Viking Motto in Old Norse

According to a definition, motto is a short expression of a guiding principle. Mottos in ancient languages have always been popular, since they express such principles with authority and wisdom of the ancients. User friendly interface below helps to create online mottoes in Old Norse, the language of the Vikings. Catchy phrases that can be created using this tool may be also interpreted as Viking slogans or even battle cries. Such a motto would adorn a weapon as an inscription or shock enemies when shouted during a reenactment of a Viking battle.

If you would like to write your motto with runes, follow this tutorial:
How to Write in Old Norse With Runes

1. (noun) and (noun)
E.g.: blood and death


2. (noun) is (noun) to (noun)
E.g.: man is wolf to man

  is    to  

3. from (noun), (noun)
E.g.: from suffering , wisdom

from    ,  

4. (noun) (verb)
E.g.: time flies

5. (noun) is in (noun)
E.g.: gladness is in battle

  is in  

Based on the Latin motto generator, with the author’s kind permission.

Waiver of Liability

Keep in mind that computer generated texts should be used with caution for any permanent use like tattoos or engravings. This tool is provided “as is”, without warranty of any kind.

157 comments… add one
  • Scott Summerlin

    I’m trying to find out if my last name is actually Norse like I was told. I was told it meant” fair weathered sailor”, Summerlini was the spelling I received. Is this true do you know,and is that it’s meaning?

  • Nicholson

    Cant find anywhere online to accurately translate english to old nordic! Anybody got advice?

  • chris

    been trying to translate live free or die in battle , into old norse aswell , could any translate please ! cheers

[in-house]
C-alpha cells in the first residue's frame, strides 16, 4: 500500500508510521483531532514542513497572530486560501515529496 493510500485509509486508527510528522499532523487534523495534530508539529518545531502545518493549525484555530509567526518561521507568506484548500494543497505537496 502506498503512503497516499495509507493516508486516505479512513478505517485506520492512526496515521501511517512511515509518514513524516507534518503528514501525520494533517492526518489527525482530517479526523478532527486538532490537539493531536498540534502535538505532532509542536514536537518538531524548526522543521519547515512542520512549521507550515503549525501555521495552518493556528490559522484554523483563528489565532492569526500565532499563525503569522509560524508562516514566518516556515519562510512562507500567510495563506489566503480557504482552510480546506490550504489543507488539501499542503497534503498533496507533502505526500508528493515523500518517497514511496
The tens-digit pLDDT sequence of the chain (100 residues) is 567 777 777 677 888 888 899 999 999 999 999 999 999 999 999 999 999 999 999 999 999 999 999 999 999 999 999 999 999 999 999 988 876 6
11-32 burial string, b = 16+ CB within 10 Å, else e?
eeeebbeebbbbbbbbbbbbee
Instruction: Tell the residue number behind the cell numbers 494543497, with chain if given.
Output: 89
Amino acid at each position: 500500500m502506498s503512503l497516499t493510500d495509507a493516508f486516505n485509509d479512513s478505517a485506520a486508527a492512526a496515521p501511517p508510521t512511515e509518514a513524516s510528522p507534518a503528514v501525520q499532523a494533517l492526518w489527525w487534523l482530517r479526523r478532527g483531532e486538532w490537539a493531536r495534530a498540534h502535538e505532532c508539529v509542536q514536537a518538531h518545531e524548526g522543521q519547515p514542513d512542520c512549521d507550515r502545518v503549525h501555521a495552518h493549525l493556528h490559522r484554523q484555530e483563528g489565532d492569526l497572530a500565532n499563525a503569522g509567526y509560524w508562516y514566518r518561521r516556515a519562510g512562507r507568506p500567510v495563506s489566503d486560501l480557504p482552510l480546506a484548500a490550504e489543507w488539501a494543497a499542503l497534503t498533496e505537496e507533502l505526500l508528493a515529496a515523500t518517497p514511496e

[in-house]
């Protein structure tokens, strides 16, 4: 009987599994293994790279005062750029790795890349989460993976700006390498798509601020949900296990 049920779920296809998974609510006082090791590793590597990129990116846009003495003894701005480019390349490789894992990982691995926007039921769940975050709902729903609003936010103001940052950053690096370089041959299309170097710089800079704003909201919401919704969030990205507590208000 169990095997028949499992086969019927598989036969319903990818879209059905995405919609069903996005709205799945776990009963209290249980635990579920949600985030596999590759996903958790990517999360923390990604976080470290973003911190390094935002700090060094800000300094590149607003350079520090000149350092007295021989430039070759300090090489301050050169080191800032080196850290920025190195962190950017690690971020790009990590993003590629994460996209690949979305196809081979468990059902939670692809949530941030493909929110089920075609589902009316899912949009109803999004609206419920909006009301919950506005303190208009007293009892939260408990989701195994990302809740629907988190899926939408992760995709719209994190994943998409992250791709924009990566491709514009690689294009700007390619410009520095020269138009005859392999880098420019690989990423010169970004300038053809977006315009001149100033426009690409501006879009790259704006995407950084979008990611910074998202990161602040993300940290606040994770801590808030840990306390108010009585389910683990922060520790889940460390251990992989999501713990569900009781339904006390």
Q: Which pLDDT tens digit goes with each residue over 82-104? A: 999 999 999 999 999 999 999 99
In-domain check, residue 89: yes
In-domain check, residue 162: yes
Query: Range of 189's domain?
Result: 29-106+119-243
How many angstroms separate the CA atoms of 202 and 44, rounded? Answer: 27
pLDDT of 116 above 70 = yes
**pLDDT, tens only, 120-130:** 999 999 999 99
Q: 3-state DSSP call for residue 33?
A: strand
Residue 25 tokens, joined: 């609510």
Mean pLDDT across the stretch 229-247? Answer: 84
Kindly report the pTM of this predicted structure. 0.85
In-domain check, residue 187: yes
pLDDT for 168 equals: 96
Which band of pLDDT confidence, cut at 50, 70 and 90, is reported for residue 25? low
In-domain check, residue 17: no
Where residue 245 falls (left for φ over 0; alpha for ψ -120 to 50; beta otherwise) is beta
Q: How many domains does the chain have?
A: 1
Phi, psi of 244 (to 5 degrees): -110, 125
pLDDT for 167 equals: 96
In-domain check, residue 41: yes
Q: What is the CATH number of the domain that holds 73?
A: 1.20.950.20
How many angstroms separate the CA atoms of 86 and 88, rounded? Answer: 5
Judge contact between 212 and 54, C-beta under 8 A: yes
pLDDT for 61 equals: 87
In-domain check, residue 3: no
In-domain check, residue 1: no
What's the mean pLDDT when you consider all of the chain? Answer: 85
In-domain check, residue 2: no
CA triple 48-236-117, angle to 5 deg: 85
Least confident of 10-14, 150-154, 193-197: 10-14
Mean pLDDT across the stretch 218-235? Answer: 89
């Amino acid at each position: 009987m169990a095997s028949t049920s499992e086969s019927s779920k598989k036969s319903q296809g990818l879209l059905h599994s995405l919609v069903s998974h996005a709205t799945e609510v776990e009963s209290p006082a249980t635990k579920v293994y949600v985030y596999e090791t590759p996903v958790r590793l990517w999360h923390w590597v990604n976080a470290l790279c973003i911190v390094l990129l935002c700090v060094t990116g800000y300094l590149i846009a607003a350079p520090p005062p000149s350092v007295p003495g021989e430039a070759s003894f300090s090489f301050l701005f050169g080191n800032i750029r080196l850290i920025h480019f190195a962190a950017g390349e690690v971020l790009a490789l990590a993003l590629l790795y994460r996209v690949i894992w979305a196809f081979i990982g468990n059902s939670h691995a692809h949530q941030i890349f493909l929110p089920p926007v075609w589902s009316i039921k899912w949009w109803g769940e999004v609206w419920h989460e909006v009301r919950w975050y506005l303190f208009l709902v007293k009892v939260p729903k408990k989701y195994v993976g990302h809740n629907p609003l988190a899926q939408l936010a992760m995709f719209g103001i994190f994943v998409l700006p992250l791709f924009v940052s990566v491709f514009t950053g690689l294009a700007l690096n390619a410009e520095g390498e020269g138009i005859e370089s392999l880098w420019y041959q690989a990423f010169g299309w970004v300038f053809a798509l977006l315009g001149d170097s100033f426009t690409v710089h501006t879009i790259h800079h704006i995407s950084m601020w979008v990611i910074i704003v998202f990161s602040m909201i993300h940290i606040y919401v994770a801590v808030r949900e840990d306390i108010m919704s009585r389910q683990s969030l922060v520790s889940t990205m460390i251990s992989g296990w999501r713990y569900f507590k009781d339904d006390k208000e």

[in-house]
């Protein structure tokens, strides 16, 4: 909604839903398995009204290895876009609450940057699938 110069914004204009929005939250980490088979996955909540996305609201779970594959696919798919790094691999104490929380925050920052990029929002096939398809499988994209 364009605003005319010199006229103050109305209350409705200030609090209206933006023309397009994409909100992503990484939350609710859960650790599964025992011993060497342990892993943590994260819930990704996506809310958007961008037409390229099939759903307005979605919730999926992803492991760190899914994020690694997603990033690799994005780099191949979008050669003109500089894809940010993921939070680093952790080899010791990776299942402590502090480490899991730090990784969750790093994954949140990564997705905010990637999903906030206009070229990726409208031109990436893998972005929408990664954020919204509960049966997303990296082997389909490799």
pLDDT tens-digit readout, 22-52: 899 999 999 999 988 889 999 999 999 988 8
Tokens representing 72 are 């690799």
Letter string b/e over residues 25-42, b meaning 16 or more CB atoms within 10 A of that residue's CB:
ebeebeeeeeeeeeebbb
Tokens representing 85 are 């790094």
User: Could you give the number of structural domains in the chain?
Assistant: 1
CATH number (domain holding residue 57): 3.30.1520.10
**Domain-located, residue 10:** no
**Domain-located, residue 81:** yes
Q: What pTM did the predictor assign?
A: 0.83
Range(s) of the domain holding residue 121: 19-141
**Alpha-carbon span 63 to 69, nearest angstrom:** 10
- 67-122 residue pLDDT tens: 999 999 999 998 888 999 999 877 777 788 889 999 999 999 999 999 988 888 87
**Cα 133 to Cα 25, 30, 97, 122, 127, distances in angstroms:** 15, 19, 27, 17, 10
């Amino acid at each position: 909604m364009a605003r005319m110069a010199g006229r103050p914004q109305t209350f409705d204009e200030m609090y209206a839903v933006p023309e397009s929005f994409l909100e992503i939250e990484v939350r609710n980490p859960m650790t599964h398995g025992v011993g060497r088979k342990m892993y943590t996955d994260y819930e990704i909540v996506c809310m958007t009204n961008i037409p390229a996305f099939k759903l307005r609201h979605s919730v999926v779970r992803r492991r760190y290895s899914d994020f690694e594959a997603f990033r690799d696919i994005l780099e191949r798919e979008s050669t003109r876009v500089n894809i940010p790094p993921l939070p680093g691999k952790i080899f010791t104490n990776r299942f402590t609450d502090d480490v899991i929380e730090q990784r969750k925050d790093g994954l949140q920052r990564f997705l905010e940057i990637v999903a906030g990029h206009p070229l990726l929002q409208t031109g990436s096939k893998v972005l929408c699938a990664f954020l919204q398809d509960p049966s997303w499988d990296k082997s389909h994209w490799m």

• Matthew

    af ást er kvöl

    From love, suffering. :D

    • Viking Rune

      To be sure, Matthew.

  • Tor-Erik

    Koffer skriver alle på engelsk her?
    ingen nordmenn her inne?

    • Ola

      @Tor Erik

      Klart här finns ;)

      • Leirf

        Og svensker tydeligvis. :P

  • Scott Erickson

    Oh, and also, perhaps you might know something about this:

    I am really into the Mayan 260 day Lunar calendar (similar to the Aztec calendar). Jose Arguelles, who wrote a recent bunch of books on the topic, talked about indigenous cultures all over the world having their own Lunar calendar. Among them, he mentioned the Swedes, saying they had their own 13 day, 20 cycle (260 day) Lunar calendar. I have never been able to locate this? I would like one on my wall, since I follow the Lunar calendar, I would rather have one that related to my own heritage. Please let me know anything you may know about this! Anyone! Thank you!

  • Scott Erickson

    OK, how do I translate: go with the flow? That is the mantra of the day I was born upon, which I feel really applies to my life.

  • Sunnshyne

    Do you have a bind rune generator? I would like to find a way to creatively do my magickal name in a bind rune.

    Thanks very much for this site. It’s awesome!

  • Andy

    Hey, I was just wondering if anybody could help me translate “First in, Last out” into Old Norse? I’ve tried looking for the individual words as I can’t find phrases, but I can’t seem to find “in” or “out”. This is one of my favourite mottoes, and I would love to have it in Old Norse as part of a larger tattoo on my arm. Thanks in advance for the help :)

    • Jón Arnar

      “First in, Last out” in Icelandic is “Fyrstur inn, síðastur út”
      In = inn, Out = út.

  • Chris

    I was just wondering if anyone would be willing to help me find a translation of the phrase,
    “to he who purges fear and plants truth, lies a seat in the halls of valhalla”
    or knows a good Norse phrase or motto involving truth and courage.

    • Matthew

      Chris, may I ask what the origin of this phrase is? I haven’t been able to find any reference to it on the Internet. As for its translation, I would suggest using Icelandic, or, transliterating the expression into Nordic Runes – either the Elder Futhark or the Futhorc.

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